We know some things as simple buzzwords, but we ought to realize that the buzzwords actually have lot more behind them. The way Simone (from AWS) put it, "Everybody in the confrerence hall would know what is Cloud computing, but I am sure that when I ask you what is it, you'd all come back with different definitions, and perhaps they are all correct as well". That statement sort of sums up the whole experience, we all know to some extent, or varying degree of perception what something is about, but unless we know it from the source, as they say, from the horse's mouth, its always a bit farther from the real reality.

I like that way the speaker and sessions were compiled, though a few of my favorite sessions were canceled (blame that volcano in Iceland for canceling all the flights), I still enjoyed a lot of it.

Personally me, interested in Ajax, came a lot closure to experimenting with it, and perhaps using it in professional environment as well. Thanks to people at Adobe booth there, I have a chance to try out the Adobe Flex Builder IDE, and check out the potential first hand.

Tomorrow, there is a workshop on php and Flex delivering RIA, and I cant wait to be there :)


However, as is the custom for people like me, to comment and find fault with something or other, after all we are humans, we are bound to make mistakes and other humans are bound to find them and report them publicly, like on this blog... :)

I believe the scheduling of some of the sessions could have been better. For example, I missed out on the PayPal X presentation, because I wanted to attend Marty Hall's session on evaluation of Ajax/JavaScript Libraries too. Now, I'd have to contend only with the video of that presentation, hoping that it would be made available. :)

I like the scheduling of the workshop day a lot better. It gives people like me options to attend sessions diff technologies ...

Looking forward to another exciting day of fun filled experiments that enhance know how...

in reference to: Great Indian Developer Summit :: Conference, Expo, and Awards on Java, .NET, Rich Web :: Saltmarch Media Summits (view on Google Sidewiki)

Wednesday, April 21, 2010

Web Changing the face of the world : Ramesh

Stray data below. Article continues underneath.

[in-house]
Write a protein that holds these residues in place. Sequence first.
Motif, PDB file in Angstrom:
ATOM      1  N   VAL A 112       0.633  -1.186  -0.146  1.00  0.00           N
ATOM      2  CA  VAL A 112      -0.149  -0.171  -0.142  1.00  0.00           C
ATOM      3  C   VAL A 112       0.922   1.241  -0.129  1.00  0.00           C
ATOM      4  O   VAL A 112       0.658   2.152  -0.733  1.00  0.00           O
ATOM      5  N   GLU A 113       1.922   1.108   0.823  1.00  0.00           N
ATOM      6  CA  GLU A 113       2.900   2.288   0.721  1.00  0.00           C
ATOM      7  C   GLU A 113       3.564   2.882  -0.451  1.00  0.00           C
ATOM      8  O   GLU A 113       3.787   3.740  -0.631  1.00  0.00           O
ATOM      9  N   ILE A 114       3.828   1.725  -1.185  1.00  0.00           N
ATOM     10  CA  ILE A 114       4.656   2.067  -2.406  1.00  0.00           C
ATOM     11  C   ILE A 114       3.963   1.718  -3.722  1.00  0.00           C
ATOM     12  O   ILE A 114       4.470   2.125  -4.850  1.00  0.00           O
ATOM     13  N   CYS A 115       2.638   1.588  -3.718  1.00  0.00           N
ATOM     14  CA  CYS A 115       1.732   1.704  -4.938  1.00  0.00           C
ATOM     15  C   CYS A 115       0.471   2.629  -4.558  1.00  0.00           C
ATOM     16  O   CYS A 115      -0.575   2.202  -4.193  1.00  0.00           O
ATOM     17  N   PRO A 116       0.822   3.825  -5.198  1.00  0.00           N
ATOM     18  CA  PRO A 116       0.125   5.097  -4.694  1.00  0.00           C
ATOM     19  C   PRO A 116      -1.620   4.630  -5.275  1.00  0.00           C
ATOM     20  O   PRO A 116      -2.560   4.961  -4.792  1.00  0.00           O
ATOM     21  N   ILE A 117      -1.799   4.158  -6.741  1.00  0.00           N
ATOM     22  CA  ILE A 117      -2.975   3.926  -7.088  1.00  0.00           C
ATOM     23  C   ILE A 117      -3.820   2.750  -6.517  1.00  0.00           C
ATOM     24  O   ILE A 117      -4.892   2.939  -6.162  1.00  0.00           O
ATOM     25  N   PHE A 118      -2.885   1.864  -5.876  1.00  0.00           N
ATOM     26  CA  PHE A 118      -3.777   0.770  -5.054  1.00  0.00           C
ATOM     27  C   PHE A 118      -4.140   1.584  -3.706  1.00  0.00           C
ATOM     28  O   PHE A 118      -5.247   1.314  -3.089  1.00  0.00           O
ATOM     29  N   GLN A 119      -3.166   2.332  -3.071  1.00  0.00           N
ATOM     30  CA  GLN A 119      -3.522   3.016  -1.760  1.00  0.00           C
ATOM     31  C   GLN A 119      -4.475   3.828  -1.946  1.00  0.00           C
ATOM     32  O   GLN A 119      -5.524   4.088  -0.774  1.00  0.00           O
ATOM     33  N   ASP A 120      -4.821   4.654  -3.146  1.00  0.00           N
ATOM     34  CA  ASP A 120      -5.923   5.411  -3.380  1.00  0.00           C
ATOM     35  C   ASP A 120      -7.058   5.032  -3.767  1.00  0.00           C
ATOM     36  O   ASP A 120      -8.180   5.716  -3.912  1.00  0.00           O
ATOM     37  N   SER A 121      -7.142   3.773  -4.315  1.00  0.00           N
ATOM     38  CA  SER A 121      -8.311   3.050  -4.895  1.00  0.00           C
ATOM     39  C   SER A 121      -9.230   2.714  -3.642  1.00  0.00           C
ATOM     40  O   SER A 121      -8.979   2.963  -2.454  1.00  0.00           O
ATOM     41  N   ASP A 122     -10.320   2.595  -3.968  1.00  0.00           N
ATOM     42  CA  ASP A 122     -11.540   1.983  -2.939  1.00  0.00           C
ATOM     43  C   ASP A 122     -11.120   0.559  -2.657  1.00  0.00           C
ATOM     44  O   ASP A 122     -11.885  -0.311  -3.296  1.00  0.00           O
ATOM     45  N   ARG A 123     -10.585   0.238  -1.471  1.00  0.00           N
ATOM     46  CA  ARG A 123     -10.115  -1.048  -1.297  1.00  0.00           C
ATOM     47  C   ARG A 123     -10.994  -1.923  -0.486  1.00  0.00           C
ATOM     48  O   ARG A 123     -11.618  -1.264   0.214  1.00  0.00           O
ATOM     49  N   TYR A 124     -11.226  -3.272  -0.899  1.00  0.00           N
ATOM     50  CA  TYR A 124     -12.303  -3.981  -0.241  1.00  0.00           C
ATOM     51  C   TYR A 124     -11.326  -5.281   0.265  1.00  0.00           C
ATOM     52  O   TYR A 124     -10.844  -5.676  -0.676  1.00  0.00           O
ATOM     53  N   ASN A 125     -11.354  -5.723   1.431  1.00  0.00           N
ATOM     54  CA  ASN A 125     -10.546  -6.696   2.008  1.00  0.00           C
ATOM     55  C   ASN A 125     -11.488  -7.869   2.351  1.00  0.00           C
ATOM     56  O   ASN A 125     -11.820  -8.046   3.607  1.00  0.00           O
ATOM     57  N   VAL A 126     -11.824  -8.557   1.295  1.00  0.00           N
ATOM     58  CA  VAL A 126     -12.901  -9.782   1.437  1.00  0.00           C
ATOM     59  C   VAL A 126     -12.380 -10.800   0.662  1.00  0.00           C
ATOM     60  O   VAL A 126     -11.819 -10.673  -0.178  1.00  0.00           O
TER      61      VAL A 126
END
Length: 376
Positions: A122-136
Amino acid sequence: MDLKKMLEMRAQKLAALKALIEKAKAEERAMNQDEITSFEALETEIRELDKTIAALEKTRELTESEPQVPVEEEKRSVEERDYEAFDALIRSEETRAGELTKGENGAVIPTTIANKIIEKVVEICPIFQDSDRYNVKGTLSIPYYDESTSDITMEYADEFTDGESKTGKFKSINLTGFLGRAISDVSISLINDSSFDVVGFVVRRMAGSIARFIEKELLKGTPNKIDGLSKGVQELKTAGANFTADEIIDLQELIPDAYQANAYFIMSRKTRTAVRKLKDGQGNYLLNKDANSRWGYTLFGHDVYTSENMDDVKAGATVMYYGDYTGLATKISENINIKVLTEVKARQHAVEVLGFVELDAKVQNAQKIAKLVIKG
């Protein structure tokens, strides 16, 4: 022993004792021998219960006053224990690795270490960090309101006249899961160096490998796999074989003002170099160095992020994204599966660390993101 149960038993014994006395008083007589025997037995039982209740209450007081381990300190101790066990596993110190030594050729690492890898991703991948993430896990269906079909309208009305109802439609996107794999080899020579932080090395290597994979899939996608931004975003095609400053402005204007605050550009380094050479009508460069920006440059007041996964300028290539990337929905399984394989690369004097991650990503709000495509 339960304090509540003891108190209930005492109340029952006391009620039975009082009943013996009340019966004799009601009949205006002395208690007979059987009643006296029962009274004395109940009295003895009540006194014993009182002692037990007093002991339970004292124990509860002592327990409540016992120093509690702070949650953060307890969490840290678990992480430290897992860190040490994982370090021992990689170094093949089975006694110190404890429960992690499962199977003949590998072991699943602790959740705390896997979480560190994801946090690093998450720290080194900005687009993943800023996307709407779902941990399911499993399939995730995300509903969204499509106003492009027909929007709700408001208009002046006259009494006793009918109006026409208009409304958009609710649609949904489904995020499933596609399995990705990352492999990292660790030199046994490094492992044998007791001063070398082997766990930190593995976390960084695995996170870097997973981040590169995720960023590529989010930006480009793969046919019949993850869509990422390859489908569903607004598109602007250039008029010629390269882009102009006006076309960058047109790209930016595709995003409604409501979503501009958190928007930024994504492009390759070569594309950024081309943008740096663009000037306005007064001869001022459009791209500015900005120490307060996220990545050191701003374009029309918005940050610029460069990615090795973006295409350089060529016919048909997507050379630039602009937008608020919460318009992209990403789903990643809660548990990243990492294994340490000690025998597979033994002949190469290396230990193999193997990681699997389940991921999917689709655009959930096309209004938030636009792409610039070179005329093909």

Ramesh, a senior technologist/scientist from Adobe, talked about how and what has web 2.0 done to change the world, especially the way the information is treated/used/processed etc...

Here are some of his points -

Real Time Web

  • kind of content that is coming around
  • no more old docs
  • social networking
  • live collaboration
experiencing the web - how the web is experienced, the way its accessed, used etc.
  • Some tools are coming up in the VR world, which allows
  • augmented reality -> web apps capturing reality and using the inputs
proliferating devices
  • Already more web access from non PC devices
  • More devices are coming through which access web differently
democratization of data
  • Some govts have already started putting their data in public domain.
  • Lots of application development opportunities based on that data.
  • Cloud computing also coming around to provide processing power and applications for the data.
Buzzwords
  • ActionScript
  • ECMAScript
  • Flex

Quite interesting talk :) Learned person, Ramesh.

Marty Hall : Why Ajax : Using Ajax in ur web apps

Why WebApps - Ajax
  • Asynchronous JavaScript and XML => doesnt hold good anymore
  • allow the browser to utilize the time when the main page is gone tofetch the result of your initial app
  • Add/modify content on the webpage at runtime
  • trends -> more jobs on Ajax than any other technology - php, vb, asp etc...
Ajaxifying an Application
  • libraries - jQuery, ext-ja, dojo, yui, prototype, google closure, mootols
  • Browser allow calls to only the server from where the original code came in, due to firewall issues.

  • Situation 2 - Hybrid
  • Libraries to use for new apps - JSF 2.0, Struts 2.0, Spring MVC 3.
  • JSF is better because
  • integrated in main code - jquery needs u to write javascript
  • no javascript to write - a simple tag

  • Situation 3 - Hardcore Ajax
  • Google web toolkit
  • Use java everywhere
  • Write java code at front end -> compiles to javascript at run time
  • Write java code at back end-> provides facility of communication in terms of java objects
Buzzwords
  • Jboss Seam <-> JSF 2.0

@GIDS 2010 Bangalore

I am going to be there at the "Great Indian Developer Summit" in Bangalore April 20th to 23rd 2010.

Its hosted at the lush green IISc campus, in the J N Tata Auditorium. Various pieces of info are available from the organizer website -

www.saltmarch.com

http://www.developermarch.com/developersummit/


It looks like an amazing place to be, full of tech discussions, and hopefully knowledge too...